One of Sean’s favorite aspects of theatrical sound design is its collaborative nature, especially with Third Rail’s leadership. In one memorable instance, Zach sent an email of himself humming a melody based on a selection of Lewis Carroll‘s writing. Sean transcribed the melody and began to build an arrangement from it with banjo, air organ, and accordion parts. That bitter-sweet and reminiscent  tune later became a major motif within the show, at times sung live by Elizabeth Carena, and subsequent Hatters.

While Sean pulled stylistic inspiration from a diverse range of artists (Tom Waits, Jonny Greenwood, J.S. Bach), his vision is present from the soundtrack’s initial conception to its final arrangement. Amidst a spiderweb of speaker-wire,the pluck of an instrument finds its final place between the hallowed walls of the Kingsland Ward.

For Third Rail Projects’ next work, Roadside Attraction (Twitter #Roadside), debuting June 23 at Brookfield Place Plaza, Sean returns to work with Third Rail Projects Co-Artistic Director Jennine Willett to create an original composition supported by New Music USA‘s 2013 Live Music for Dance Program, playing live alongside previous collaborator Isaiah Singer, and with Elizabeth Carena on vocals.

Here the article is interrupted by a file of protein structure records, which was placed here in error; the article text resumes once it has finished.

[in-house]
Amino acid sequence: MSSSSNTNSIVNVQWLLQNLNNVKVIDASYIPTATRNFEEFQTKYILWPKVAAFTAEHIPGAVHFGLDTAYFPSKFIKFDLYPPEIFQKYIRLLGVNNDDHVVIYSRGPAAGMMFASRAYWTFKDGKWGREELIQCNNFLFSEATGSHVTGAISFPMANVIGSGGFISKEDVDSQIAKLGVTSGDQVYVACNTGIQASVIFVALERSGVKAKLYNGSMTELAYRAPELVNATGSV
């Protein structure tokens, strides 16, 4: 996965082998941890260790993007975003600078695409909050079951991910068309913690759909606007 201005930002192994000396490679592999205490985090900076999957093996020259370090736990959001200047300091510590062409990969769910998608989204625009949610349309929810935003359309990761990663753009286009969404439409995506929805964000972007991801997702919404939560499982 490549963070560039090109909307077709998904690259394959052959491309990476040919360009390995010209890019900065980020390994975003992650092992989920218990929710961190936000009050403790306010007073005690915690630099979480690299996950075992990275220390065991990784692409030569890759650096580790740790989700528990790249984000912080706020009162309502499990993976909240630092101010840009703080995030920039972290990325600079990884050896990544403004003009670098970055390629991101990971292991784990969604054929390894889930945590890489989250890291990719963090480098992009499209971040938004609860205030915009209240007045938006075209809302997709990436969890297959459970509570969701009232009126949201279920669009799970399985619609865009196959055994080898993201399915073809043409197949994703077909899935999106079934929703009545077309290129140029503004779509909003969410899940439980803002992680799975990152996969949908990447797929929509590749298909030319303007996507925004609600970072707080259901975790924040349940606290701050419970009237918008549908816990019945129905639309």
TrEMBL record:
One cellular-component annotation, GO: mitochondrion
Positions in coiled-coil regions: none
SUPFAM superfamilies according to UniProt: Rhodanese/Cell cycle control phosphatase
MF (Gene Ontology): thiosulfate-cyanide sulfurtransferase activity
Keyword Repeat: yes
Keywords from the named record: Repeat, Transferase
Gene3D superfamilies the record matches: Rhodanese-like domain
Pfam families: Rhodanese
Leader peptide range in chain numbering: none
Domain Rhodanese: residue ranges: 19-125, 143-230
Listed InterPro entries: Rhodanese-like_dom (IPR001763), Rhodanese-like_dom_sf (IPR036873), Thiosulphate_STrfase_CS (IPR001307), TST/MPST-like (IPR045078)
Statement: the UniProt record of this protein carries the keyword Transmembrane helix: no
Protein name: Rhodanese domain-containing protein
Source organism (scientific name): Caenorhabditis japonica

Playing Games in Space: Watching Our Site-Specific Workshop

For Third Rail Projects’ sold-out workshop “Creating Off-Site/Adapting On-Site,” Marissa Nielsen-Pincus and Jennine Willett transformed our Tea Room into a dynamic space for experimentation. Participants described themselves as dancers, movement specialists, artists and more. They came to explore new methodologies for their own work, particularly from a team with such a long history of site-specific performances. Jennine and Marissa explained why performing in sites requires different tactics than performing in a traditional setting: